Mechanical,  projects,  RV Live with Nerds on the Road

Goodbye 1973 Dodge Brougham

So we sold the Brougham, well rather traded. It was a sad day but much less so knowing it was going to a good home. Many people looked at it, a couple older men who wanted to live in it in their yards while they worked on their houses, a couple who wanted it for a mobile kitchen but found no way to get a full size fridge inside. One girl had been living in a warehouse with some people and decided to try in an RV in her friend’s yard instead – but she didn’t even care if it ran and didn’t have much money. After that, a few kids showed up wanting to use it for their band’s tour bus, none of them knew anything about cars mechanically so it probably wouldn’t have worked out very well since he did still need some work before he’s really treated hard again.

When I got an email from Rus, the new owner, I was actually excited about the Brougham’s future for a change. He offered a trade straight up for a 700cc motorcycle which unfortunately I was too short to ride. He just so happened to have a smaller motorcycle, a 1981 cm200T Honda Twinstar. Much more my size, physical and engine wise. The bike was worth a bit less than the Brougham, so he made up for it by sending a list of other things we could have to make up the difference. We ended up choosing an awesome Les Paul guitar (which Rus threw in a free Epiphone amp). My new bike also came with a helmet, harley gas tank (I could get fabbed on if I waned) and some nice leather saddle bags. I’ve yet to ride it more than a few hundred yards sadly so far, partly because I have no license. but now that we are out of city limits, It needs a new battery and I want some new tires before I go on a longer trip. I’m also still getting to know the clutch, though figuring it out quickly. Me and Ross have had debates over whether or not I should be down-shifting all the way to 1st but 2nd sputters out several yards from when I actually want to stop the bike, and neutral would just stop too soon – I’ll get it.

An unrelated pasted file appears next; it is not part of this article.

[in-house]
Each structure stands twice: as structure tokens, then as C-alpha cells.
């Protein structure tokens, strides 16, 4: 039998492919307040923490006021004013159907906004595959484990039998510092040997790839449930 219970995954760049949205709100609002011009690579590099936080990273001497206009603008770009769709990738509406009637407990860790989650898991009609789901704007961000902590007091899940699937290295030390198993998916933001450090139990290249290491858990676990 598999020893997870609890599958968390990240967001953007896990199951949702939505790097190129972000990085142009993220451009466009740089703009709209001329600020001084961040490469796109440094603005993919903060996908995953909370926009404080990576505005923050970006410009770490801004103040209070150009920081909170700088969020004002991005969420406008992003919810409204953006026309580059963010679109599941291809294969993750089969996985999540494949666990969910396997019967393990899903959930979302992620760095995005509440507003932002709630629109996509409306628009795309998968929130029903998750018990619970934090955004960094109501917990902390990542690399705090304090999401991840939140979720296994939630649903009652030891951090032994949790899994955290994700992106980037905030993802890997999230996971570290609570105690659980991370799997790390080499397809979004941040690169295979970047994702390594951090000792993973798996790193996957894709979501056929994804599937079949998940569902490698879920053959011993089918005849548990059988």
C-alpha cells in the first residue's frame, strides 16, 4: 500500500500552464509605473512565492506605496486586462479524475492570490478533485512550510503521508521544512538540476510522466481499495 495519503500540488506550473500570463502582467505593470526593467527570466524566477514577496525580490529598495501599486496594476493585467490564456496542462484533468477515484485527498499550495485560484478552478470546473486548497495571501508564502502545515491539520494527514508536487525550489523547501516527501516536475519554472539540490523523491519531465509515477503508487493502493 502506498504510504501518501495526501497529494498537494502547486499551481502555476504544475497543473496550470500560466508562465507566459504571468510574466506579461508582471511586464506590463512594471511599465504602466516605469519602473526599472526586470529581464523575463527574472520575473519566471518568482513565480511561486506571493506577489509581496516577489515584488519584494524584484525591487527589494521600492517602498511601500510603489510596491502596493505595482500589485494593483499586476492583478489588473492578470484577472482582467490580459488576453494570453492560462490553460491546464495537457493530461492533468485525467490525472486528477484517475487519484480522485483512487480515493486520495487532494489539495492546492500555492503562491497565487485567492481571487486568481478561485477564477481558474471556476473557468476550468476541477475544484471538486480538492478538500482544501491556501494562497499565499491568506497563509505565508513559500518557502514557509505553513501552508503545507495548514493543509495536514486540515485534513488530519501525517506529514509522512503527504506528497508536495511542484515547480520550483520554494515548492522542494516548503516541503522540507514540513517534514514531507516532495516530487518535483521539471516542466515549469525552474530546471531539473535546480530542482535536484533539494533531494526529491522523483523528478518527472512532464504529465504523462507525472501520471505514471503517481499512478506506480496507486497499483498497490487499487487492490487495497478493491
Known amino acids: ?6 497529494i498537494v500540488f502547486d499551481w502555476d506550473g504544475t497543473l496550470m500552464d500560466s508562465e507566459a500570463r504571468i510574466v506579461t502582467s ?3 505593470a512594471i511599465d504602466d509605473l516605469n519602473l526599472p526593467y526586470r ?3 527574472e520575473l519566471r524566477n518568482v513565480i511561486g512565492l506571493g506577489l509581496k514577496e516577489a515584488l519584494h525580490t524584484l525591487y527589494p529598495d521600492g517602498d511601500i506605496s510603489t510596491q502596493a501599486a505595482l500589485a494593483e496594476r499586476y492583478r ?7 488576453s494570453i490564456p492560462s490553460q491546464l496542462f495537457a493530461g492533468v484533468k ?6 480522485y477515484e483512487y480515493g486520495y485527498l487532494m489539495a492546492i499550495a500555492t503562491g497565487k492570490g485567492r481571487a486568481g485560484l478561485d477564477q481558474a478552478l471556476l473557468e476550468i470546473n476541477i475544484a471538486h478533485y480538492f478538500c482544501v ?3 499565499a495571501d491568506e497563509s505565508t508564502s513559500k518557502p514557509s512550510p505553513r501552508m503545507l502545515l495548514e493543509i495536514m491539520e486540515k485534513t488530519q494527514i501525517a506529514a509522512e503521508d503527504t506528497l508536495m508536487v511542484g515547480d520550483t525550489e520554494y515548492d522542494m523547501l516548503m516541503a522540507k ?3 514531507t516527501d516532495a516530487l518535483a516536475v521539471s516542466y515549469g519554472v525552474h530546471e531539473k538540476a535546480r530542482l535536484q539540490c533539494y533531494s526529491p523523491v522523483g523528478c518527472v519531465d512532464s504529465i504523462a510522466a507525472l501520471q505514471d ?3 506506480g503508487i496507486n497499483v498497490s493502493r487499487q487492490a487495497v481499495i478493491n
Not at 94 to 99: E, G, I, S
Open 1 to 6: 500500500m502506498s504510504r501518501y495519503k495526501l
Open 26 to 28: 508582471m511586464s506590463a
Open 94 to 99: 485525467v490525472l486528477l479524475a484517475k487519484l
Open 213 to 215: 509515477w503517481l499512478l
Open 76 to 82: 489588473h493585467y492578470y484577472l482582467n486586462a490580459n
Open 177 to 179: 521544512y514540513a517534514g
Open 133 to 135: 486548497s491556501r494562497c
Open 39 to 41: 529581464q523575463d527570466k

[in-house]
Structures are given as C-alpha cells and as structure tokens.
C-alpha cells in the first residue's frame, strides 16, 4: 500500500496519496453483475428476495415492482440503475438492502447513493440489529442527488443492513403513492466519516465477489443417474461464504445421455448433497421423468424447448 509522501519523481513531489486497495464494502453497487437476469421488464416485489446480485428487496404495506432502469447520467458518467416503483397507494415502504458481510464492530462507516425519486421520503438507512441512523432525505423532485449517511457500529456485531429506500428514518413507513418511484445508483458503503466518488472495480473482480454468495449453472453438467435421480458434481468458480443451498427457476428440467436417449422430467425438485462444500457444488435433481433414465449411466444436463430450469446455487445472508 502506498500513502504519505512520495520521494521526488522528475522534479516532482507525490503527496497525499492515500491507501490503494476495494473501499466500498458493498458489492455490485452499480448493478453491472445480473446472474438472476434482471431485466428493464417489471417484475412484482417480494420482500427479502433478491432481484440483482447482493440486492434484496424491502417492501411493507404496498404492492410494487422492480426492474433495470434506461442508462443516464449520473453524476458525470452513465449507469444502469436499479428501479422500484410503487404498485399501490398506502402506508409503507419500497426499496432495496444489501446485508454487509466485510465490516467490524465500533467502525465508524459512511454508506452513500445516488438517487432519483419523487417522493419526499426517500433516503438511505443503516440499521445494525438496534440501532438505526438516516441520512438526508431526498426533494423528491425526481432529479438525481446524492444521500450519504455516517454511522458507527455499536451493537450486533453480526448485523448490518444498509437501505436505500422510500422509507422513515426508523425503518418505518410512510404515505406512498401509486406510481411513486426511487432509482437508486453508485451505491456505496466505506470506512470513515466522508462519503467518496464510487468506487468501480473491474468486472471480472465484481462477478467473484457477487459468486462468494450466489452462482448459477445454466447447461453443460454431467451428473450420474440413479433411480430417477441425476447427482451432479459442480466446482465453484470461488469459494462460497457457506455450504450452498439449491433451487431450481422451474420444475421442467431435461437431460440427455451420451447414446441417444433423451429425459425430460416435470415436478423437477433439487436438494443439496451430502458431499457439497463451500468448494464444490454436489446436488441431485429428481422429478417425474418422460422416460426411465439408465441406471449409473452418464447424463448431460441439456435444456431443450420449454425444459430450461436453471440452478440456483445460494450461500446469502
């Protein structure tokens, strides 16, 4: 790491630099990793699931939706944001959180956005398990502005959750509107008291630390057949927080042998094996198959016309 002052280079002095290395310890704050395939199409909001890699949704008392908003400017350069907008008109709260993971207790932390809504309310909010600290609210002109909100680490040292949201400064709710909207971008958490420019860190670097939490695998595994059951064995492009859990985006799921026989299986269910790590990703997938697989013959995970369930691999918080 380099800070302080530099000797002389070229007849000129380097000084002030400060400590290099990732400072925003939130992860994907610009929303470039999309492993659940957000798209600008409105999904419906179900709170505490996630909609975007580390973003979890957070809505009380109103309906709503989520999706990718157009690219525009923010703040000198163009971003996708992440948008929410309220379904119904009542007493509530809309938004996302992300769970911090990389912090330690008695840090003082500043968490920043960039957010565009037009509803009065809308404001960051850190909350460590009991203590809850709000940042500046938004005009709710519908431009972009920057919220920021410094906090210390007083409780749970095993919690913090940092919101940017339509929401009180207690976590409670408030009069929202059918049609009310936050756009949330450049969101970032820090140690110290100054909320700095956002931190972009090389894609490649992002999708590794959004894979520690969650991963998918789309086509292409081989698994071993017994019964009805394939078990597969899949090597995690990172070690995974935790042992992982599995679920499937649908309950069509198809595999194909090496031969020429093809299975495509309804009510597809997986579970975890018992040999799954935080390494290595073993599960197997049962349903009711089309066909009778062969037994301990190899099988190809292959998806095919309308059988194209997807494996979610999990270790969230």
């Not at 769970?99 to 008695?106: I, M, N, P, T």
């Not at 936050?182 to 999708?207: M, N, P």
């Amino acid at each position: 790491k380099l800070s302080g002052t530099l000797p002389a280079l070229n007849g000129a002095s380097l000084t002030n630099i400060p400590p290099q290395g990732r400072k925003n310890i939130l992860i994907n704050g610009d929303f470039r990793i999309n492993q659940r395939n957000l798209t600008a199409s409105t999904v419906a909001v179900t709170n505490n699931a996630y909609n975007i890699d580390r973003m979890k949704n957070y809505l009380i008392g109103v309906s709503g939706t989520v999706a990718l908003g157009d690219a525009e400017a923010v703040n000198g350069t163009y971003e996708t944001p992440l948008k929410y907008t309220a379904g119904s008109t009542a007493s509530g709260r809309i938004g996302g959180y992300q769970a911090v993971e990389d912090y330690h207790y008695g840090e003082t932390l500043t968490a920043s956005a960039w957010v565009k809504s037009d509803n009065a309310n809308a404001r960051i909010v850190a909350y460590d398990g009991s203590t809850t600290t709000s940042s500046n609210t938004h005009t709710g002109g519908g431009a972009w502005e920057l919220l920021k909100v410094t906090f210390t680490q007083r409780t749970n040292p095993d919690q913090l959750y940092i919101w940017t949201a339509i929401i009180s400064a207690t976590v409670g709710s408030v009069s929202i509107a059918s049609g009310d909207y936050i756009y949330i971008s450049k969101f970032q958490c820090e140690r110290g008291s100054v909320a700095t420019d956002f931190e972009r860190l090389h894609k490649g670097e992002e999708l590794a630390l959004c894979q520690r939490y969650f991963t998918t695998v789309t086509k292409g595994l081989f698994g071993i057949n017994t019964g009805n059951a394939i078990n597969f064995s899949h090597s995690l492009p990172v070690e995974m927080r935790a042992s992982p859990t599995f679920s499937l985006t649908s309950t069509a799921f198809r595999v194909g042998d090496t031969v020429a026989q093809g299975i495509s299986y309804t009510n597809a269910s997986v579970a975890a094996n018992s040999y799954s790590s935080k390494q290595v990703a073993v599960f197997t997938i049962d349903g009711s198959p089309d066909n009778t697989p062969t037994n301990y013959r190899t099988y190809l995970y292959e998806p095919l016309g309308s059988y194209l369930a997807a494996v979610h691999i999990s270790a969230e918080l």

We bought a ramp (into the back of the truck) and after a couple interesting loads, I think we’re getting the hang of it. Its really steep but since the bike is only 300lbs and there’s 2 of us. As long as I can get a good run, it wont fall over and crush me. We also figured out how to strap the bike in pretty quickly, stiff enough to where you shake the truck if you try to move the bike but only half shocks down to allow the bike cushion. If you wonder how we figure all this crap out, forums and youtube for everything, even for the brougham. There’s so many things we wouldn’t have known if now for other people posting about it online somewhere. When you really don’t have anyone to ask, or want a consensus, that the way to go.

Bike in truck

Rus was a good match for the Brougham because he both known about cars and fixing them and actually plans to use it – and in its natural environment, colder weather. The heater on that thing will keep anyone toasty, including people who just fell in frozen lakes if needed. For some places, when we were plugged in, we often just used a space heater and blankets, especially when we were sleeping – saved on propane and kept Chena from accidentally burning herself on the vents.